Halloween rolled in on a bank of endless fog. Beth watched it from her bedroom window as she listened to the church bells tolling the midnight hour. Sleepily, she saw the fog reaching out and cloaking cars, lampposts and the whole street in a thick white blanket. Beth rubbed her eyes and wondered if the weather forecast had said anything about fog. She couldn’t remember.
Settling back on the duck feather pillow, she sighed and thought about reading some more of Stephen King’s Pet Sematary, but it wasn’t gripping her enough. How about the TV? Maybe there’d be a horror movie or some ghost haunting show on. She couldn’t be bothered moving and remind fixed on watching the fog clouds rolling by. Slowly, her eyes closed and she thought about all the things she had to do tomorrow.
Celebrating Halloween alone again, she thought and sighed deeply, if I’d know my wild uni nights were going to turn into boring adult times I’d have found a way to stay longer.
In a flash, she saw the party from third year and smiled into her pillow. Her memory replayed disjointed scenes; the childish Halloween style games, all the food, the carved pumpkins on the staircase and that kiss from Blake. A wobble of pain and sadness shook her stomach and she banished that thought away.
She pulled the curtains and rolled over. Settling into a light doze and imaging herself in an empty white room. Sleep whispered to her then carried her off as the fog pressed heavier against the window. A wisp snuck through the not quite closed window and reached down towards her. Beth sighed in her sleep and didn’t feel the fog wisp brushing against her cheek.
The fog was still thick when Beth’s alarm clock drilled her awake. Switching it off, she rolled over and opened her curtains. A fog cloud waved at her then drifted away. Frowning, Beth looked harder outside, she could just make out her small car and that of her neighbours’ across the way. She got up, went through her morning routine before going downstairs in her slippers. She put on a jacket at the front door then went outside.
The fog hugged her and she felt an icy chill on her skin. Peering out, she couldn’t see much further then she had been able to upstairs. Going in again, she went to her computer and looked up the weather forecast. There was still nothing about fog. Deciding to just go with it, she had breakfast and looked over her to do list. Normally her handwritten list was short on Saturdays, but today she had added a couple of things.
Starting at the top, she worked her way through things and soon found herself sorting out the Halloween sweets for tonight. Over the last few weeks, she had been gathering packets to make up goodie bags and now her coffee table was full of stuff. Digging out the party bags, she began filling them with gummy eyeball sweets, lollypops, chews, other gummies and chocolate. Humming along with some Halloween themed music, the task was overall too soon.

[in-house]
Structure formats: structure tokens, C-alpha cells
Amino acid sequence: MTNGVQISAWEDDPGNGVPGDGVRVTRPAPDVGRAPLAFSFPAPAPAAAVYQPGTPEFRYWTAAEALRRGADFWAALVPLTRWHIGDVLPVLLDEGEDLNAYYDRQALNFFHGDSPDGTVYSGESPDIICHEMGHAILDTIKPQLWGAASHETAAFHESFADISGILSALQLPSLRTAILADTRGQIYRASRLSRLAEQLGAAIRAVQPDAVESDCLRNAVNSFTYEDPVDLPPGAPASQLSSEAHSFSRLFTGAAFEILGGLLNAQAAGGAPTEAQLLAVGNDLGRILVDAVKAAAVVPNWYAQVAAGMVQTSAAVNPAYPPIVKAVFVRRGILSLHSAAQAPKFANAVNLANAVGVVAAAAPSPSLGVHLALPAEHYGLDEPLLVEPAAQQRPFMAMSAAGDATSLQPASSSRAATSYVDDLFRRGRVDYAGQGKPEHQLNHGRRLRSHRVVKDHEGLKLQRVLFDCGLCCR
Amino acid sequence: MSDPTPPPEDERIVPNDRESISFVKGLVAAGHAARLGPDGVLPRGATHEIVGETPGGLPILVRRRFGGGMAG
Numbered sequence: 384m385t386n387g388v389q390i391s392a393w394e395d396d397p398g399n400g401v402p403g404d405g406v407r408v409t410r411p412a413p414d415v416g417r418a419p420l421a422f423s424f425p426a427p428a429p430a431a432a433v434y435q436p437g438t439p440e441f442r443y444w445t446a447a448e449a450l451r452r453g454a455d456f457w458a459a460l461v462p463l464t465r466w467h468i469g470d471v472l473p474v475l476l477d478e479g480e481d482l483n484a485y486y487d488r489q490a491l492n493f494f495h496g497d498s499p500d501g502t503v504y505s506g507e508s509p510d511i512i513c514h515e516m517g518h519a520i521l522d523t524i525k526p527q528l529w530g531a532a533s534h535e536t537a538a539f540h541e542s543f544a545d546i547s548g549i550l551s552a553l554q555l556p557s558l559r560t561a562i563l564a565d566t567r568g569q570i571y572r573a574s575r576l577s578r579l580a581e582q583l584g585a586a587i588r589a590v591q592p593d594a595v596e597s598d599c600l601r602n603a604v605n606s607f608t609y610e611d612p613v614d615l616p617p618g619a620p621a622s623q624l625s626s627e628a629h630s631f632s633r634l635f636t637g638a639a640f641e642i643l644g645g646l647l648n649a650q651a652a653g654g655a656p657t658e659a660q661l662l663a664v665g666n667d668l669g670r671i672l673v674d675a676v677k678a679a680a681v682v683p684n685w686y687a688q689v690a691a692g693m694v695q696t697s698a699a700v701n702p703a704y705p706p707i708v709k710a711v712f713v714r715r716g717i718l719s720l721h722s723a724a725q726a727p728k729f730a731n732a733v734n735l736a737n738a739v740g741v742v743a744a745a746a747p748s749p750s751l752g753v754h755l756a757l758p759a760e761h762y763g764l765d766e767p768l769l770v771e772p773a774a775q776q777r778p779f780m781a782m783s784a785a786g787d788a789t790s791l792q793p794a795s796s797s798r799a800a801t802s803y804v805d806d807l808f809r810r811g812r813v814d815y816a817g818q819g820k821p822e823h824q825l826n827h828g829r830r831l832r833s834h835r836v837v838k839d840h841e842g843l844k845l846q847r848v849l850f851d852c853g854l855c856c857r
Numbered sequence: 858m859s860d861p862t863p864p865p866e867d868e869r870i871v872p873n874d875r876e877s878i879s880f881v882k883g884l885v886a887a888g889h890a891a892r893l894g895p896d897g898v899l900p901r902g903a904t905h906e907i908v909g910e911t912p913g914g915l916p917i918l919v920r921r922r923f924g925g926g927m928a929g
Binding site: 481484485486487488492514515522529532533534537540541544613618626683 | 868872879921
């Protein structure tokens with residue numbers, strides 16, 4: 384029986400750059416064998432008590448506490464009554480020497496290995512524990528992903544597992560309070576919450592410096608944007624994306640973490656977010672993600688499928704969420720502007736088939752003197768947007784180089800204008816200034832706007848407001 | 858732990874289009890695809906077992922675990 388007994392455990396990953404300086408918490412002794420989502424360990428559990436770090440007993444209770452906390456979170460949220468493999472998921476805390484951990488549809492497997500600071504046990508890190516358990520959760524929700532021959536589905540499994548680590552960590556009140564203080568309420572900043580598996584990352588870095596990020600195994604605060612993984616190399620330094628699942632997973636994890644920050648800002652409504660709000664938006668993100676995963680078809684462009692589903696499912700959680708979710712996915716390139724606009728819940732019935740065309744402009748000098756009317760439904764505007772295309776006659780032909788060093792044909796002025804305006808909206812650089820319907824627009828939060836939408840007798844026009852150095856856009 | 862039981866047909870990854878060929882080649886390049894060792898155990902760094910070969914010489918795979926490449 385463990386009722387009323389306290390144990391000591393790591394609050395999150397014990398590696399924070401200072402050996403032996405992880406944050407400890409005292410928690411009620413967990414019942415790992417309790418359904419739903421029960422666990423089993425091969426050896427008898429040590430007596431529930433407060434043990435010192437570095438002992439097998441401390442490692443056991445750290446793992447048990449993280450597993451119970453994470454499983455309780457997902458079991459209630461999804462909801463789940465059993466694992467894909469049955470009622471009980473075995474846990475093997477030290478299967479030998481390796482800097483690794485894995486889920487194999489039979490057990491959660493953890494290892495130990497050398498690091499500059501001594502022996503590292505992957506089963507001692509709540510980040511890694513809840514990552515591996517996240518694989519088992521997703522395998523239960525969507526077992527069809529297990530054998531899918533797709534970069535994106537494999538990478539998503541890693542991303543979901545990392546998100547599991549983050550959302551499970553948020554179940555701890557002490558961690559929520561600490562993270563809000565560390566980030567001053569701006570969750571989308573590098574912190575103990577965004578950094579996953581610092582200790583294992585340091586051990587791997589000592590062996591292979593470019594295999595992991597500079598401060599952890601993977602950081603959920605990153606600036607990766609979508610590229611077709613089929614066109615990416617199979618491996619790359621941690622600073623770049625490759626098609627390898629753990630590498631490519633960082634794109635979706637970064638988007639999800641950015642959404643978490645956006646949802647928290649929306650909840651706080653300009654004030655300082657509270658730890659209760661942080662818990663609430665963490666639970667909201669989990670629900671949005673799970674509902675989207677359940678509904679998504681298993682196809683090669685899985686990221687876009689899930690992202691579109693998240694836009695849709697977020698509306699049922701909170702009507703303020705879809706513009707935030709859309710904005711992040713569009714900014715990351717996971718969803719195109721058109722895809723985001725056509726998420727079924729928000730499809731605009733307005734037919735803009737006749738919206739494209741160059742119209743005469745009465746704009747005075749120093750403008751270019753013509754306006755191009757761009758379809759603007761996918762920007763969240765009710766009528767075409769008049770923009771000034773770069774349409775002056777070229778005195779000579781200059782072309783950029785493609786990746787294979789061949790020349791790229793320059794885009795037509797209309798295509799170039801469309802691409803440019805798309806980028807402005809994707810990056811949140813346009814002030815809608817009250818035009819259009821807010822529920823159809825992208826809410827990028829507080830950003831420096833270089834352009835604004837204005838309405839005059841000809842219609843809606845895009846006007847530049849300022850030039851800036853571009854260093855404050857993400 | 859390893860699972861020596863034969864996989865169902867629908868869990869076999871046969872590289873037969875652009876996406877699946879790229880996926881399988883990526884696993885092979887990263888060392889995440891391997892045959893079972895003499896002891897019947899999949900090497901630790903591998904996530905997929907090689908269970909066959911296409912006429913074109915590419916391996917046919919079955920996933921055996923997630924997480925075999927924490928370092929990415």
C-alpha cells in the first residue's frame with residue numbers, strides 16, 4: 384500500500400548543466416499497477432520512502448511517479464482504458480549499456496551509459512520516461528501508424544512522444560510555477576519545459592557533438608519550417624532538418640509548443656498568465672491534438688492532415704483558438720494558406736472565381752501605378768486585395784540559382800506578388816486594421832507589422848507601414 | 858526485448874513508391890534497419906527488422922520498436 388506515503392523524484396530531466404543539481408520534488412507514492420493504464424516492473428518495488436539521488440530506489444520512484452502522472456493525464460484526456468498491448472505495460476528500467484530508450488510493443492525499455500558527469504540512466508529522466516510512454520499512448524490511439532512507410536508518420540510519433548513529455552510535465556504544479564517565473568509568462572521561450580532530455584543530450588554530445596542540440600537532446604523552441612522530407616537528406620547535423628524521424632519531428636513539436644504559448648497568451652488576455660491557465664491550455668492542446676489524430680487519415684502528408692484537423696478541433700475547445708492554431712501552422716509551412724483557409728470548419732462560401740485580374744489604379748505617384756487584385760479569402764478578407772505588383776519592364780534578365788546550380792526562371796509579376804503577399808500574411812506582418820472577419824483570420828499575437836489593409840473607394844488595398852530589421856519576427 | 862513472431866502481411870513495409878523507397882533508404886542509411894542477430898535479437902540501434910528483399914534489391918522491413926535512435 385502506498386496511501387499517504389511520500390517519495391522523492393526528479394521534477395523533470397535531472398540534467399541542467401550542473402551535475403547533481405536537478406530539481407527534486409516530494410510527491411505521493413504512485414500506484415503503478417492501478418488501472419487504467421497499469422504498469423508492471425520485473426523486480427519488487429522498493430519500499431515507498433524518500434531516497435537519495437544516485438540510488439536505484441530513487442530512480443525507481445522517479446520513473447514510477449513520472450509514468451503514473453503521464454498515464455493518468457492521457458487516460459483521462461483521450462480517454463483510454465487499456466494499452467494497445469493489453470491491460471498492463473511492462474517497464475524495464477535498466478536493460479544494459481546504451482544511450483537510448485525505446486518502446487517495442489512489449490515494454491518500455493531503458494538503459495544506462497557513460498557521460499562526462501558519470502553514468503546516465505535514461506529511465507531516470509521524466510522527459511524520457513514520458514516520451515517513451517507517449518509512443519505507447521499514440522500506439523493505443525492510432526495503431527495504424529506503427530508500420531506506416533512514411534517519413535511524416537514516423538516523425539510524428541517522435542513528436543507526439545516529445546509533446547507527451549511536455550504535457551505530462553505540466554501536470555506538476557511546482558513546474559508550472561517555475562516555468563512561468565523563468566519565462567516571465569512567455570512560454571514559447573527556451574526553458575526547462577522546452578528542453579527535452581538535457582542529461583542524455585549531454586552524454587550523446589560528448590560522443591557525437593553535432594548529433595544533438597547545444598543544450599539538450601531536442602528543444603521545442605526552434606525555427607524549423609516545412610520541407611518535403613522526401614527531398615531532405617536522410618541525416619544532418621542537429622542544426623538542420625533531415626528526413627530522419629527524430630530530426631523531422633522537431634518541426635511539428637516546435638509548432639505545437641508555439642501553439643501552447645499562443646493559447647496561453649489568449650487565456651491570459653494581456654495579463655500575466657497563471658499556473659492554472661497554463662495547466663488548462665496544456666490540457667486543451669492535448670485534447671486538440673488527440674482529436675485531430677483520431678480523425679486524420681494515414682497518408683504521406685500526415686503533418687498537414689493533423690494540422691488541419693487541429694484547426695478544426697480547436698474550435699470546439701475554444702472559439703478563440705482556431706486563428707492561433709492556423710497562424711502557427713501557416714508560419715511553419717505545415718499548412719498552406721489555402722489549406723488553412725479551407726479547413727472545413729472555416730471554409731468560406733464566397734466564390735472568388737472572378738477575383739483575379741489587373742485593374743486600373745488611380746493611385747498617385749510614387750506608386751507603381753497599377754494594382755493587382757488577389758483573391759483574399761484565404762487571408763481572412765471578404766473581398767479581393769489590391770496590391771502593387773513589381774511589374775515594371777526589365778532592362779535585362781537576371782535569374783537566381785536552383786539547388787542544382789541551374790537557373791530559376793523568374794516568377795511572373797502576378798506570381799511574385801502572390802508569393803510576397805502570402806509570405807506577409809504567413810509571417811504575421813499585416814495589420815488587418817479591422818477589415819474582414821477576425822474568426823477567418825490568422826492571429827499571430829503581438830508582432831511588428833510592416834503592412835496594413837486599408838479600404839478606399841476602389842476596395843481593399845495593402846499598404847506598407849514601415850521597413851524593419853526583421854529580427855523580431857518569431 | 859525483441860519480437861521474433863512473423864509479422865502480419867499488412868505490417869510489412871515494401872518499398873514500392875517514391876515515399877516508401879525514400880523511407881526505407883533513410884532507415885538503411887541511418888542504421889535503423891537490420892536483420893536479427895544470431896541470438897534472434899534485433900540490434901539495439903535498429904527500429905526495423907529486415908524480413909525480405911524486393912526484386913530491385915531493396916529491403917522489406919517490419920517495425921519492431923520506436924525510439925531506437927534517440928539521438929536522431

Putting the bags into a large green bowl and on to the window sill near the door, Beth went back and crossed it off her list. Next she got on with the pumpkin and when that was down placed it outside and sorted the inners into a two bowls – on for pumpkin pie and the other for pumpkin soup. She checked her list again and got the last few things done quickly, so she could watch a program about Halloween on TV.
The first knock on the front door of the evening made her jump. Beth had been dozing on the sofa in the darkening living room, feeling overcome by her burst of business. Shaking herself, she got up and answered it, preparing herself to see children dressed up in costumes. Instead there was an old woman in large coat.
‘Hello?’ Beth said slowly.
‘Hi, sorry, but I couldn’t help myself. I hope you don’t mind, but I noticed you hadn’t lit your pumpkin,’ the old lady pointed out, ‘I did it for you. I had a spare candle. It’s fine.’
Beth peered out and looked at the pumpkin she had balanced on top of a large empty tree plant pot next to her front door. A soft light was flicking from inside the orange ball and bring the scary face Beth had carefully carved to life.
‘Thanks. I’d forgotten about it,’ Beth explained.
‘Yes, dear and I’m sure you’d want to keep the spirits away tonight,’ the old woman said.
Beth frowned at the hint of mystery in her voice then put it to one side, ‘yes of course. Thanks again.’
The old lady smiled and left with a little wave.
Beth closed the door, shaking her head as she went back to the TV. Flopping onto the sofa, she looked through the channels and found a scary movie to watch. Just as the first lot of adverts came on, the door was knocked on again. Beth got up and answered it to a single trick or treater dressed as a headless horseman.
Smiling, Beth offered the newly turned teenage boy one of the party bags and watched him run back to his father. Closing the door, Beth knew that was the official start and for the rest of the night, she felt herself yo-yoing to and from the door. Finally as the church bells chimed in ten o’clock she said goodnight to the last group of trick or treaters.
Picking through the remaining goodie bags, she selected a new movie to watch and stayed up to see the witching hour come in. Finally at half past midnight as the movie credits rolled, she turned the TV off and stepped outside to blow the pumpkin’s candle out. Noticing it had already gone out, Beth locked the front door and went to bed.
Settling in for a better night’s sleep, she thought that this Halloween had gone well, but next year she was so finding a party to go to.